A HIGHLY-DECORATED former army doctor who was made honorary surgeon to the Queen and spent his final years in Tetbury has died aged 92.

Major-General Albert Patrick Dignan, CB, MBE, was born in Dublin in 1920, one of five brothers, all of whom became doctors.

Albert’s son Fergus said his parents had pushed their sons to get into medicine after his father, Joseph, took a job collating casualty lists for the War Office during World War One.

“He noticed there were very few doctors who were killed and he thought, if there was going to be another war he would like his children to be in the best possible position,” he said.

He qualified in 1943 and became a surgeon in 1947, but his life took an unexpected turn in 1950 when he received a visit from the Ministry of Defence.

Fergus said: “He was told he either had to go back to Ireland because he had over-stayed his visa or he could do his national service.”

He opted for the latter and was soon posted as an army surgeon to Malaya – now Malaysia – where the British Army were battling a terrorist campaign. It was there he met Eileen, a theatre sister from Cork who would become his wife in 1952.

On returning to the UK in 1952, where he received an MBE for his involvement in the Malaya campaign and took up a position as a civilian doctor.

However, Fergus said his father wasn’t out of the military long, saying: “He decided that he preferred the military life because it was more interesting.”

During his career he was posted around the world, including Germany, Singapore, Vietnam and Cyprus during the Suez Crisis in 1956.

He was promoted to Major General in 1974 while also being made a Companion of the Most Honourable Order of The bath (CB) and being appointed Queen’s Honorary Surgeon – an honorary position recognising his work with the army.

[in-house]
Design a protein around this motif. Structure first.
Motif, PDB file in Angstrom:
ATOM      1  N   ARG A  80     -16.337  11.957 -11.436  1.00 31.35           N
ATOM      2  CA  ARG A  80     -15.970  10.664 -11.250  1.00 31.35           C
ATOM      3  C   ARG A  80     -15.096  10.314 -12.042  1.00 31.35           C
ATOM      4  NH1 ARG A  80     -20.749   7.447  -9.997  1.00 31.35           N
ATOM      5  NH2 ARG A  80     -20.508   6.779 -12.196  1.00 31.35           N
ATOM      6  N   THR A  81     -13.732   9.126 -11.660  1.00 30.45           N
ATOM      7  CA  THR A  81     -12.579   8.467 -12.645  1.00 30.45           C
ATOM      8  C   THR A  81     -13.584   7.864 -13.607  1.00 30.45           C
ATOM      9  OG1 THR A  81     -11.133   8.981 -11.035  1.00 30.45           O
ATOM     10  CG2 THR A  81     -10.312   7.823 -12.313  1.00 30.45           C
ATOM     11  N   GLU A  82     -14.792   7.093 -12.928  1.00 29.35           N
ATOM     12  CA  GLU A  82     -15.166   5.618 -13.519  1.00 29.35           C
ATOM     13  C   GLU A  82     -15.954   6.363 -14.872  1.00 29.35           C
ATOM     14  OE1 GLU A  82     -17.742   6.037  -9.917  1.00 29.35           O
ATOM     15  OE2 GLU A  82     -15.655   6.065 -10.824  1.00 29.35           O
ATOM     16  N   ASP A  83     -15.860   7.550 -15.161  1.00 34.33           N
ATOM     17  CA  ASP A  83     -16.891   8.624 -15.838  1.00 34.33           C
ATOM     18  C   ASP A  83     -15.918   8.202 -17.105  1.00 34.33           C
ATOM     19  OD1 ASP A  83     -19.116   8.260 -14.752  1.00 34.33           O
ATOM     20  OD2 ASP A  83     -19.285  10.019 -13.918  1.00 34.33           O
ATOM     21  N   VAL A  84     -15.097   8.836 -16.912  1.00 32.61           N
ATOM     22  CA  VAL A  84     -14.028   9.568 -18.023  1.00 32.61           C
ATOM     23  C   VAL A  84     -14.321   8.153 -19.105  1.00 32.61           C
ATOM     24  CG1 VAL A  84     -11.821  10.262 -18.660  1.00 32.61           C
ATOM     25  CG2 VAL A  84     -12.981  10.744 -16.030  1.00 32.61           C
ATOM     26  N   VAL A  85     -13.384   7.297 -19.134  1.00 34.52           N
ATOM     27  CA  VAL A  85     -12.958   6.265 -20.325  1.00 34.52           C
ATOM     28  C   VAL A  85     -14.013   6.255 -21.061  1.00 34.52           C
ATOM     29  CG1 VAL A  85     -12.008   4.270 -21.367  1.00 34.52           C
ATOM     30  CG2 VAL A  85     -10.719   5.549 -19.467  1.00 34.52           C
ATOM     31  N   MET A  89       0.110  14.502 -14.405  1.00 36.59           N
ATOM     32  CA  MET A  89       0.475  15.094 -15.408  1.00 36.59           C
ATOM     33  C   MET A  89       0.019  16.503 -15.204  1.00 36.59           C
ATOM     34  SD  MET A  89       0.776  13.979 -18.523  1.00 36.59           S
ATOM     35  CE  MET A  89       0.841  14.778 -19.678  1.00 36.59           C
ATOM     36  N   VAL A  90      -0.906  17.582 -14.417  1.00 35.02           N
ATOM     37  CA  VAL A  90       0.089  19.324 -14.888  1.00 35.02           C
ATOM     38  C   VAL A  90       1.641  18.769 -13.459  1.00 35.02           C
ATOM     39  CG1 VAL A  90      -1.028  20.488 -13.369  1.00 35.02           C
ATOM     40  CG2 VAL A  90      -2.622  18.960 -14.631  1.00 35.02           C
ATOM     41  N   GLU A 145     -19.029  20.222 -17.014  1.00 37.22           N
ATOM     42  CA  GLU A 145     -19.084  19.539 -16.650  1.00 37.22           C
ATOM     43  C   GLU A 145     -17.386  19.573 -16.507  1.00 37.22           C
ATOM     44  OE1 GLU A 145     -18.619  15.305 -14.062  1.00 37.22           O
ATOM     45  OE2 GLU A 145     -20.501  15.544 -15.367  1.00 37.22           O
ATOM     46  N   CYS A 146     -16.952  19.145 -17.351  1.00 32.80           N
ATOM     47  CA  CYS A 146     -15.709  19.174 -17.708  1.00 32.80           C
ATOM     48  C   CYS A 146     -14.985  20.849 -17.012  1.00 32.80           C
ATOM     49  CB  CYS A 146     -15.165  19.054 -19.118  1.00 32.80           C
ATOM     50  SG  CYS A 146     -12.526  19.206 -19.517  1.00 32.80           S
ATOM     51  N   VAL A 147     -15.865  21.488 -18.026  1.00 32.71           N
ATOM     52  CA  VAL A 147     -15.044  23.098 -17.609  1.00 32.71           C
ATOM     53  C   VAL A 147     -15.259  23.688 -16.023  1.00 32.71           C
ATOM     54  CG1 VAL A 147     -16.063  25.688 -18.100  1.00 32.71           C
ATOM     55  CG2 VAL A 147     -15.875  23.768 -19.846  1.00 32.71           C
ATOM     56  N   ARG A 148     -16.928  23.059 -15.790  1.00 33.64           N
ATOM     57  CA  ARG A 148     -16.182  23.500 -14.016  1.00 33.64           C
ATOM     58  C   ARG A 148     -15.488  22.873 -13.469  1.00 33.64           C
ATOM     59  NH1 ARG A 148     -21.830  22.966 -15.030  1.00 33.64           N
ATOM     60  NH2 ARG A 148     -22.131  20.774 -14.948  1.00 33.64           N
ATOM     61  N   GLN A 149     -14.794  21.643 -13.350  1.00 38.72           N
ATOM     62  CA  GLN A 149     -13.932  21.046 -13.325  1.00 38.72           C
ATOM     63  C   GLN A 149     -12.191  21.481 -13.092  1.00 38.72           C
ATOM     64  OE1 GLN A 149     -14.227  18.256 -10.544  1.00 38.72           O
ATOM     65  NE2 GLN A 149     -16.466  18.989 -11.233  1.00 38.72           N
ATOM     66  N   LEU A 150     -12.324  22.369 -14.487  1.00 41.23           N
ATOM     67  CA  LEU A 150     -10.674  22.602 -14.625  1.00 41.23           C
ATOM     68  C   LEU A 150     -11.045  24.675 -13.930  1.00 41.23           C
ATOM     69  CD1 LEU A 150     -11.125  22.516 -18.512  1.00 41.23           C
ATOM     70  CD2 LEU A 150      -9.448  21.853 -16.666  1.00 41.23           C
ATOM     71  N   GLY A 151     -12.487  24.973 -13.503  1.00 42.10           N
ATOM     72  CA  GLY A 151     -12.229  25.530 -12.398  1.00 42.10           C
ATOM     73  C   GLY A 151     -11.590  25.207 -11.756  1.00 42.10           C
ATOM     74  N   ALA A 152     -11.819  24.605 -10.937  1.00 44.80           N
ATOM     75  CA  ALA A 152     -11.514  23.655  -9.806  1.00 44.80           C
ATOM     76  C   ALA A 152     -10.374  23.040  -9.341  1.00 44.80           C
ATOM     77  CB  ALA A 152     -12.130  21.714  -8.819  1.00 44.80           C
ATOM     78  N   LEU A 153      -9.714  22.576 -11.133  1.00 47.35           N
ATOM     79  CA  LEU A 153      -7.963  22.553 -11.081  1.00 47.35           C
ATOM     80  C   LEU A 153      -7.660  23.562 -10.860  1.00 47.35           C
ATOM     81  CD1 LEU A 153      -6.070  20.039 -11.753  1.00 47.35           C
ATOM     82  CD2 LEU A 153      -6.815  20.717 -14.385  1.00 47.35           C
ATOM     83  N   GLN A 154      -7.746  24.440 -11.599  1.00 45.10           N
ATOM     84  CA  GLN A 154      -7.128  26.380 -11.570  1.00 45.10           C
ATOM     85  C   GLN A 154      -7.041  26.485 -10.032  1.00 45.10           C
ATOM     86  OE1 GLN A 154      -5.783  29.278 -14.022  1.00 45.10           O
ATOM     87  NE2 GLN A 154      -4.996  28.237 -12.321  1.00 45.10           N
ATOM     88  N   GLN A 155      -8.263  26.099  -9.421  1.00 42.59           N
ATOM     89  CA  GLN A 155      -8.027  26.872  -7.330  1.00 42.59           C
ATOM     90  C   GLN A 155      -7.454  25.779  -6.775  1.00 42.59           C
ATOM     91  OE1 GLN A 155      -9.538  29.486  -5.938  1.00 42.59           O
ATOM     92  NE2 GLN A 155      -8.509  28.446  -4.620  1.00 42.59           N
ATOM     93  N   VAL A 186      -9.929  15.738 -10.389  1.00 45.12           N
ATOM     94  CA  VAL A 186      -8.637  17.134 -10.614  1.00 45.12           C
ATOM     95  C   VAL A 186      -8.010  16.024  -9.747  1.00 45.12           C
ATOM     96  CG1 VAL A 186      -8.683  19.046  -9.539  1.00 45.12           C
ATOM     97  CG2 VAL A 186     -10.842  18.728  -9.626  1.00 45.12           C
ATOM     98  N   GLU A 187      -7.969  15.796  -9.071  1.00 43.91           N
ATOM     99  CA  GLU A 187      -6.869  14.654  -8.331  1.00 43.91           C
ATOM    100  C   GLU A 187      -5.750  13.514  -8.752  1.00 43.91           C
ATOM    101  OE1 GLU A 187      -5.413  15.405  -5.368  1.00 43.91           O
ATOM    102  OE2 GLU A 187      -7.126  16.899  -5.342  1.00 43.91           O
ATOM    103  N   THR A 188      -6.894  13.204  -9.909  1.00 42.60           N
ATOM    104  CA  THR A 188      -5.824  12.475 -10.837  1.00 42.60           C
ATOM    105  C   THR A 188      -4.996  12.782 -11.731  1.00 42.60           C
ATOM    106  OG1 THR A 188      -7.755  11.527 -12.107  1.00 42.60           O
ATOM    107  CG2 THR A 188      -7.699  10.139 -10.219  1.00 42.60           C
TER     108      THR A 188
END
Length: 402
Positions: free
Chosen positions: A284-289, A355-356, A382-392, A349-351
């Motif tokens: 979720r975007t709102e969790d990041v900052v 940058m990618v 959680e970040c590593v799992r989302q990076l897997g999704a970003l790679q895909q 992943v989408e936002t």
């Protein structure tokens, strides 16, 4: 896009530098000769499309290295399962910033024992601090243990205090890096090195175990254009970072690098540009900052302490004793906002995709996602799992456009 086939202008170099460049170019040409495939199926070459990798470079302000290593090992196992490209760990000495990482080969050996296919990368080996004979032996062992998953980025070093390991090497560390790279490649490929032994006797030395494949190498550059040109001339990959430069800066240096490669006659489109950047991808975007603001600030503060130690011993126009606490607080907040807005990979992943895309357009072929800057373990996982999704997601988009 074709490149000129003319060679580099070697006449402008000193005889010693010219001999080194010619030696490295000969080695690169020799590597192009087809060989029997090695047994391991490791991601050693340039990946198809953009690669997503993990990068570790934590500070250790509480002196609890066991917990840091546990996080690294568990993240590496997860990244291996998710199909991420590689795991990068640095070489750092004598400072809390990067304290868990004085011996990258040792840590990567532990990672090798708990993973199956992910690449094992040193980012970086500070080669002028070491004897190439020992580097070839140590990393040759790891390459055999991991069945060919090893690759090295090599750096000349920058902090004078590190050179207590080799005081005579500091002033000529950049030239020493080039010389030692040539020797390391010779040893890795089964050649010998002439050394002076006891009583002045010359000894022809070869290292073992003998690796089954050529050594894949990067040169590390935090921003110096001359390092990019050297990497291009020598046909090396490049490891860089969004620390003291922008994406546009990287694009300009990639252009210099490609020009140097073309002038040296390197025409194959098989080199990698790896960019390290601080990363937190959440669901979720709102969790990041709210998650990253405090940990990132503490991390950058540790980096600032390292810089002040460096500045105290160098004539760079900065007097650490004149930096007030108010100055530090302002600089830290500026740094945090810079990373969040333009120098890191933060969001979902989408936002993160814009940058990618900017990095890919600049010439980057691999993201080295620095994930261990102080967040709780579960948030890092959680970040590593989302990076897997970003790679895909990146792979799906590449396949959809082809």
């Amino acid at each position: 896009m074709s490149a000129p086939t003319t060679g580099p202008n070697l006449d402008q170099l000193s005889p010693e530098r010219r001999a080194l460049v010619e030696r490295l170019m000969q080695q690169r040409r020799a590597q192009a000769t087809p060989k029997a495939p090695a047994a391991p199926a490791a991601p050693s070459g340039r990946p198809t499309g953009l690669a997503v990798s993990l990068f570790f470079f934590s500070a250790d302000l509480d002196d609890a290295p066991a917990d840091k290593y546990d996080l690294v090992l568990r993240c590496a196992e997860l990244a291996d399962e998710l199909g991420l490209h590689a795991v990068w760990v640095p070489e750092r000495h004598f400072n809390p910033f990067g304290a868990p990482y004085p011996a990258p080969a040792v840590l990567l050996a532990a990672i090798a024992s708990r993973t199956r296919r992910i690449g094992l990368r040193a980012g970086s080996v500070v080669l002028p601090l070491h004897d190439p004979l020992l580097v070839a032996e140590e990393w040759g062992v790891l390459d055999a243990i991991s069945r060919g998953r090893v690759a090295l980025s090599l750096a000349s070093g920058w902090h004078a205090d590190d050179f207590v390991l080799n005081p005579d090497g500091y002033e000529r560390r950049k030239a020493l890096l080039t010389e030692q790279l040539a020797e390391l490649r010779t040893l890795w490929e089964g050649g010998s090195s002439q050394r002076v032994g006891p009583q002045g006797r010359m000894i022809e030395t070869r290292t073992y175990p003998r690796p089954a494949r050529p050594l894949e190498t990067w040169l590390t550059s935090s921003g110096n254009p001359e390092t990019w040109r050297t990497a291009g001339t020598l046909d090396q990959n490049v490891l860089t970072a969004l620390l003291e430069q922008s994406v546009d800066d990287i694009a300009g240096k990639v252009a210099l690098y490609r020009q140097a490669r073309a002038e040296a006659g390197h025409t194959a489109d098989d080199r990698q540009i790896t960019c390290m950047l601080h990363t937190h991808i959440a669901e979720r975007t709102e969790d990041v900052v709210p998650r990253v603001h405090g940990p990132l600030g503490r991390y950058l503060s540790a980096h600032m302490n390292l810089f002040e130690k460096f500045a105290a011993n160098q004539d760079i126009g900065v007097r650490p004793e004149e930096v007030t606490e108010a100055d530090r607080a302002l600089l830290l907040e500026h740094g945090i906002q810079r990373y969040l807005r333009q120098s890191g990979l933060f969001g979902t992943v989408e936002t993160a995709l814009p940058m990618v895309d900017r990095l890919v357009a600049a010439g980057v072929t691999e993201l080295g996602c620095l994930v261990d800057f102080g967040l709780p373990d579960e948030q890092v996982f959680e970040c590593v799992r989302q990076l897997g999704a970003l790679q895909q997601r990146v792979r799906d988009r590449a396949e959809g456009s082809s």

Although he retired from the army in 1978 at age 58, Fergus said he quickly found himself missing the military life and spent the last ten years of his working life as president of the Army Medical Boards in Woolwich.

He found time to write and self-publish an autobiography – A Doctor’s Experiences of Life – and enjoyed golf, placing a bet on the horse racing and visiting the pub, and was rarely seen without his pipe.

After Eileen’s death in 2001 he came to live at The Priory nursing home in Tetbury, where Fergus said he was very happy.

“People around Tetbury were very kind to him – occasionally he used to get lost walking around the town and people always used to help him,” he said.

He died peacefully at The Priory on Thursday October 11 and is survived by children Terence, Fergus and Finola, grandchildren Alexandra, Keira, Rafe and Charlotte and daughters-in-law Mary and Ginny.